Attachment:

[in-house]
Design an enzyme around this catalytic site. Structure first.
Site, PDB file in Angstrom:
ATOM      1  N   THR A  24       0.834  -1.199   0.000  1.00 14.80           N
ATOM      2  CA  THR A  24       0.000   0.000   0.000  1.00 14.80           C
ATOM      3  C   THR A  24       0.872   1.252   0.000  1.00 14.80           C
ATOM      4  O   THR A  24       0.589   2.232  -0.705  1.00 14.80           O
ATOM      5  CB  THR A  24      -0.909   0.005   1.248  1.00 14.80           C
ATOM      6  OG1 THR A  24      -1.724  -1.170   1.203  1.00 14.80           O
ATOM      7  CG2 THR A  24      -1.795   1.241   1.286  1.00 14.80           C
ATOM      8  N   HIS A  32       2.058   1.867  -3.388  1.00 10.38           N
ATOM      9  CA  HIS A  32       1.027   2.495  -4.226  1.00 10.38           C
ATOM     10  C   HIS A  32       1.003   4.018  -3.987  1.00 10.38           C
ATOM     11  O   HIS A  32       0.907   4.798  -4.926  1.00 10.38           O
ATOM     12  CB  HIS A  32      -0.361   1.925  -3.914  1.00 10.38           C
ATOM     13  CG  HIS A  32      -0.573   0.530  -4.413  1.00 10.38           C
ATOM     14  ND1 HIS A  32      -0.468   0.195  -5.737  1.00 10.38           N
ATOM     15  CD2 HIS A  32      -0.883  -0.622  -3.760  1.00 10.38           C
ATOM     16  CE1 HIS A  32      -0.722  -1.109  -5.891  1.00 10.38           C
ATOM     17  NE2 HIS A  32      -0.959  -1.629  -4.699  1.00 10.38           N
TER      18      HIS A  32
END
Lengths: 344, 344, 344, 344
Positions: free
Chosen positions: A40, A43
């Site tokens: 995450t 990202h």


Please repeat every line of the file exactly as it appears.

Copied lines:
[in-house]
Design an enzyme around this catalytic site. Structure first.
Site, PDB file in Angstrom:
ATOM      1  N   THR A  24       0.834  -1.199   0.000  1.00 14.80           N
ATOM      2  CA  THR A  24       0.000   0.000   0.000  1.00 14.80           C
ATOM      3  C   THR A  24       0.872   1.252   0.000  1.00 14.80           C
ATOM      4  O   THR A  24       0.589   2.232  -0.705  1.00 14.80           O
ATOM      5  CB  THR A  24      -0.909   0.005   1.248  1.00 14.80           C
ATOM      6  OG1 THR A  24      -1.724  -1.170   1.203  1.00 14.80           O
ATOM      7  CG2 THR A  24      -1.795   1.241   1.286  1.00 14.80           C
ATOM      8  N   HIS A  32       2.058   1.867  -3.388  1.00 10.38           N
ATOM      9  CA  HIS A  32       1.027   2.495  -4.226  1.00 10.38           C
ATOM     10  C   HIS A  32       1.003   4.018  -3.987  1.00 10.38           C
ATOM     11  O   HIS A  32       0.907   4.798  -4.926  1.00 10.38           O
ATOM     12  CB  HIS A  32      -0.361   1.925  -3.914  1.00 10.38           C
ATOM     13  CG  HIS A  32      -0.573   0.530  -4.413  1.00 10.38           C
ATOM     14  ND1 HIS A  32      -0.468   0.195  -5.737  1.00 10.38           N
ATOM     15  CD2 HIS A  32      -0.883  -0.622  -3.760  1.00 10.38           C
ATOM     16  CE1 HIS A  32      -0.722  -1.109  -5.891  1.00 10.38           C
ATOM     17  NE2 HIS A  32      -0.959  -1.629  -4.699  1.00 10.38           N
TER      18      HIS A  32
END
Lengths: 344, 344, 344, 344
Positions: free
Chosen positions: A40, A43
């Site tokens: 995450t 990202h």